Movement Building for Structural Change

  • Paula Scher's mural at the National Center for Civil and Human Rights in Atlanta pays homage to the graphics of rights movements.

By Keesha Gaskins-Nathan

The Rockefeller Brothers Fund’s (RBF) Democratic Practice–U.S. program is committed to advancing a vital and inclusive democracy. Since March 2015, the Fund has made $16.2 million in grants to support democracy reforms in the United States by combating the corrupting influence of money in politics and increasing opportunities for meaningful citizen participation in democratic systems through election and voting reforms.

In light of the evolving political and economic context in United States, developments in the fields of organizing, and institutional learning and engagement, in 2018 the Fund's board of trustees approved a new strategy to support movement building for systemic reform of democratic institutions to advance economic and racial justice.

The new strategy is intended to elevate the need to pursue alternative paths to reform, confirm the Fund’s conviction that collective action and organizing are essential to achieving a vital and inclusive democracy, and more clearly address developments in demographics, economics, and technology that pose deep challenges to the stability of U.S. democracy. By funding movement-building organizations to leverage their engagement in and increase their power through democratic practice, the Fund hopes to advance innovative systemic change.

Effectively reforming U.S. democracy to respond to the needs of residents will depend on how people see and understand the relationship between democratic systems and the well-being of their families and communities. How people earn, learn, and engage with the world will define opportunities for democratic reform for the foreseeable future. Through this new grantmaking strategy, the Fund will support movement-building organizations that work to deepen relationships between elected officials and the communities they represent, advance meaningful political and economic policies, and develop community leaders. It will focus its grantmaking on organizations that:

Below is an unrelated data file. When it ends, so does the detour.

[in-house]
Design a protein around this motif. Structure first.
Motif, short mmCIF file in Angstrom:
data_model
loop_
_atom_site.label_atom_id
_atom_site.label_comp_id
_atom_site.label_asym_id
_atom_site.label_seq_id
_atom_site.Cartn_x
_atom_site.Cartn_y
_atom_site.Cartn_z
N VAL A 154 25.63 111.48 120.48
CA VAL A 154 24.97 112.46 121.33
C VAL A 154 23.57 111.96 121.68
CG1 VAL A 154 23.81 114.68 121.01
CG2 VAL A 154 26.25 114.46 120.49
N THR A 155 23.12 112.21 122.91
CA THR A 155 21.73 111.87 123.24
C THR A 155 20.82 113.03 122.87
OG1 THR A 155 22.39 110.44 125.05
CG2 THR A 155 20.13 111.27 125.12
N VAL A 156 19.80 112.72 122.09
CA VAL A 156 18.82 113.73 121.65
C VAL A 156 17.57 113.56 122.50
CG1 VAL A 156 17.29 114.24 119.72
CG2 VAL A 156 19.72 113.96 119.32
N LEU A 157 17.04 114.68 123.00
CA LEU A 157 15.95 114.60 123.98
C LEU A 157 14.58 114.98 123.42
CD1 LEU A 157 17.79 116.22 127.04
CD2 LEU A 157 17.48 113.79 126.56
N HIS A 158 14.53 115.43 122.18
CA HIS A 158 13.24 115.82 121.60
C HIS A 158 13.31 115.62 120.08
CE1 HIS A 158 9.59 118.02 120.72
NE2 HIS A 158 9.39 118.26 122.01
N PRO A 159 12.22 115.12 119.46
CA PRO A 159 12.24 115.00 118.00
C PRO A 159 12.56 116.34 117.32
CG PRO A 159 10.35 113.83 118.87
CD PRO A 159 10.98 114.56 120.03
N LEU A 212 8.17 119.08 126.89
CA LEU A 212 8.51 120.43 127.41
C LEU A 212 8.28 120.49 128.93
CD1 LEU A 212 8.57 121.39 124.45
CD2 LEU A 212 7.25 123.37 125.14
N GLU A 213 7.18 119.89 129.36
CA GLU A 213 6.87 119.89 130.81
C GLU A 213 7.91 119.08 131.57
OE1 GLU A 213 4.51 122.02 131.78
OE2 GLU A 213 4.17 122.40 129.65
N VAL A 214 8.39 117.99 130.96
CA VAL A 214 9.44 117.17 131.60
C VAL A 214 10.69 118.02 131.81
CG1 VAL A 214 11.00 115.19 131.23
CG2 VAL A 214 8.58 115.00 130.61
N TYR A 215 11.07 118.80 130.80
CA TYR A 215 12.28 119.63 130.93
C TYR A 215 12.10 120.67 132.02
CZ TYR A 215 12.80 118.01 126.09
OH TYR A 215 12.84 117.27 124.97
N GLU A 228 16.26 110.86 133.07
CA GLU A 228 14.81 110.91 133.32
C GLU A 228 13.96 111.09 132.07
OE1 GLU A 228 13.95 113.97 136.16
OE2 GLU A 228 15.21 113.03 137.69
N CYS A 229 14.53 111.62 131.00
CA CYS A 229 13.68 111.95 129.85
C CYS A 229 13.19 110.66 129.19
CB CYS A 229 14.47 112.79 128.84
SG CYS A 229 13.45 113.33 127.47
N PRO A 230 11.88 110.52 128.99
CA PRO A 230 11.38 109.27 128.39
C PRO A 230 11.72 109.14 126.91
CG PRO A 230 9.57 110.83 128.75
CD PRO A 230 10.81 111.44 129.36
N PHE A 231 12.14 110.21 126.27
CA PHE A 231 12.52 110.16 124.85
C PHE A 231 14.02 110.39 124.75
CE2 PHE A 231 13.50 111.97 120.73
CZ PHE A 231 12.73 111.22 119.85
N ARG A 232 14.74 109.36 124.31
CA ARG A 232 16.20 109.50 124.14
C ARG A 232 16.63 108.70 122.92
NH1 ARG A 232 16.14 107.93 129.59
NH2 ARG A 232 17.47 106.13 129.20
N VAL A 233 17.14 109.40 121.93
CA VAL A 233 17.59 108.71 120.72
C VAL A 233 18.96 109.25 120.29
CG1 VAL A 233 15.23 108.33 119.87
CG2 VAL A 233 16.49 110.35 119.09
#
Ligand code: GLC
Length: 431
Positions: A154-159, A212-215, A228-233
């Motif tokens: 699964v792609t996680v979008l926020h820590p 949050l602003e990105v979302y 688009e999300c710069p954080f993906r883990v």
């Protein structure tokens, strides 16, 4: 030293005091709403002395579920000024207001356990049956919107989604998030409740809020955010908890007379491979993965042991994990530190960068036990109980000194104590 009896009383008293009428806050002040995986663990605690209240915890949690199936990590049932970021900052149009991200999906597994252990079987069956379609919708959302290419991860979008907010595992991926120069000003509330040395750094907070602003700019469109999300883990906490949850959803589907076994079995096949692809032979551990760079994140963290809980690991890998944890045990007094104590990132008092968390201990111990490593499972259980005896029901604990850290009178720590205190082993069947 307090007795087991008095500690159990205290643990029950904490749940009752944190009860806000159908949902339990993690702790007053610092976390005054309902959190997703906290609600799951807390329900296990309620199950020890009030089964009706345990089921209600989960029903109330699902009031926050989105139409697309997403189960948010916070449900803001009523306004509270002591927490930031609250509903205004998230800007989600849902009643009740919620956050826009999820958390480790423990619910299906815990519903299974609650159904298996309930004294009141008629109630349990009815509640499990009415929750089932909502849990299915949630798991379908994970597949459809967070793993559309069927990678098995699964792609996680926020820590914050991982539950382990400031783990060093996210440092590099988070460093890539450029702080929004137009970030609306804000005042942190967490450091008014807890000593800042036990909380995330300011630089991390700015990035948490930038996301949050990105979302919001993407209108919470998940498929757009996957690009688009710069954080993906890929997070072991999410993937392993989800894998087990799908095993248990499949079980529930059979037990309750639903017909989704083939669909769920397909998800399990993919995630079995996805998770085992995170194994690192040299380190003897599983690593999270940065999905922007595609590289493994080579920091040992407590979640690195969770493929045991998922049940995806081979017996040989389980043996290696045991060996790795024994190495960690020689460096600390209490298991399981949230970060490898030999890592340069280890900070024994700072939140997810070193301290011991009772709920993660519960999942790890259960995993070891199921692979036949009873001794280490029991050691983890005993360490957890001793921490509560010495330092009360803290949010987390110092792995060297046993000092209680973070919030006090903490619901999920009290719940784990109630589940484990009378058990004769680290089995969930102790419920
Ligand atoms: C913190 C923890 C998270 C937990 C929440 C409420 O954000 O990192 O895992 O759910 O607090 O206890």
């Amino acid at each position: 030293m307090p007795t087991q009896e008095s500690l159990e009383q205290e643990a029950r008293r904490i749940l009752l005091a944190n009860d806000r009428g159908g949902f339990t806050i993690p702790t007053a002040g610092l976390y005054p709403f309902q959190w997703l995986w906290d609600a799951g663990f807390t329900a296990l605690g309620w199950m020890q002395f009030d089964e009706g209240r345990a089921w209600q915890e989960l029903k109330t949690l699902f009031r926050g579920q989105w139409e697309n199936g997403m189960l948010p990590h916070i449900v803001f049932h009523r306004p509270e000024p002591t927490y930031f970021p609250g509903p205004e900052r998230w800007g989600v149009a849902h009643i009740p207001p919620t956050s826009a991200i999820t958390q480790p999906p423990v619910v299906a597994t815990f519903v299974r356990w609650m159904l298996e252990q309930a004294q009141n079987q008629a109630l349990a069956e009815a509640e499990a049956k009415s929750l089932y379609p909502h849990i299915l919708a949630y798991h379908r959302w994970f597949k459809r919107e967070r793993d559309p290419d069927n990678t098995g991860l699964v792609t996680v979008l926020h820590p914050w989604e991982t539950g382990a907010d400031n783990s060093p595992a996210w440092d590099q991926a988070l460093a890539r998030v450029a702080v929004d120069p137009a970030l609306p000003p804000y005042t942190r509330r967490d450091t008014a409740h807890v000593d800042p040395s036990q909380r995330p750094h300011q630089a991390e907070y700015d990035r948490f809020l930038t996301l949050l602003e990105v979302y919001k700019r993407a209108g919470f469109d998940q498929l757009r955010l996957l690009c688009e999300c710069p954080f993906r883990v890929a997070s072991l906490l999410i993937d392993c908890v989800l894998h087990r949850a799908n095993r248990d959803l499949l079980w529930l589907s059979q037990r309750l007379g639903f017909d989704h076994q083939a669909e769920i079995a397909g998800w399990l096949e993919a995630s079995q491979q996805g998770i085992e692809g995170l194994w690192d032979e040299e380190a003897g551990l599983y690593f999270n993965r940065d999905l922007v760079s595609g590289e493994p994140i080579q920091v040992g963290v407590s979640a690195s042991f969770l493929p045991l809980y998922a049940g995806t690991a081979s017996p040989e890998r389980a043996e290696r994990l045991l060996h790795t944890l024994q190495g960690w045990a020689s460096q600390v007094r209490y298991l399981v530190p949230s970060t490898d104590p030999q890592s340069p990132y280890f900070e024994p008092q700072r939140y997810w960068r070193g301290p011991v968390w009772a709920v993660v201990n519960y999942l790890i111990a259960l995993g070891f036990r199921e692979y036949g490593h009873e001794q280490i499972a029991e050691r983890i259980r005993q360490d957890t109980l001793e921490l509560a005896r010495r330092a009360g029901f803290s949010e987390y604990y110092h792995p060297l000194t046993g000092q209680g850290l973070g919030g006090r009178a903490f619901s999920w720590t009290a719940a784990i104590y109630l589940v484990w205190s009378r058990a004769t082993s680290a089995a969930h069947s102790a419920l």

• have clear agenda for advancing deep social, cultural, and structural transformation of U.S. democratic and economic systems;
  • employ proactive, forward-looking strategies;
  • coordinate with base-building organizations to develop independent political power and vision to influence decision making at the most meaningful levels of government;
  • give precedence to the leadership and perspectives of frontline communities that are most affected by political and economic policies but frequently occupy the margins of decision making spaces;
  • understand and reflect through their external actions and internal culture their fundamental connection to the civil society ecosystem in time, place, and context; and
  • harness creativity and innovation to re imagine and re-invent our world.

There may be challenges to leveraging philanthropy in support of movement-building strategies. Movements often envision radical societal transformation, while philanthropic goals are sometimes more specific and limited in scope. Further, by their very presence, funders can inadvertently exert undue or inappropriate influence over movement spaces. Only through building relationships and facing these challenges together can we transform democratic systems in the United States.

The Fund's support for movement building will replace the grantmaking strategy established in 2015 to "support select innovations, such as the application of new technologies and advances in organizing methods that strengthen advocacy or expand opportunities for underrepresented populations to influence policy outcomes." Under new grantmaking guidelines, the Fund will integrate support for innovation and the adoption of new technologies across all Democratic Practice–U.S. strategies.

Through Democratic Practice–U.S. grantmaking, the Fund will continue to support advances in election administration and voting rights and efforts to combat the influence of money in politics. Our new support for movement building to change the rules that control democratic systems will both give life and meaning to our existing strategies and benefit from their efforts to transform behavior and re-create democratic culture. Together, these grantmaking strategies aim to achieve the political and economic redesign needed to create and sustain a truly vital and inclusive democracy in the United States.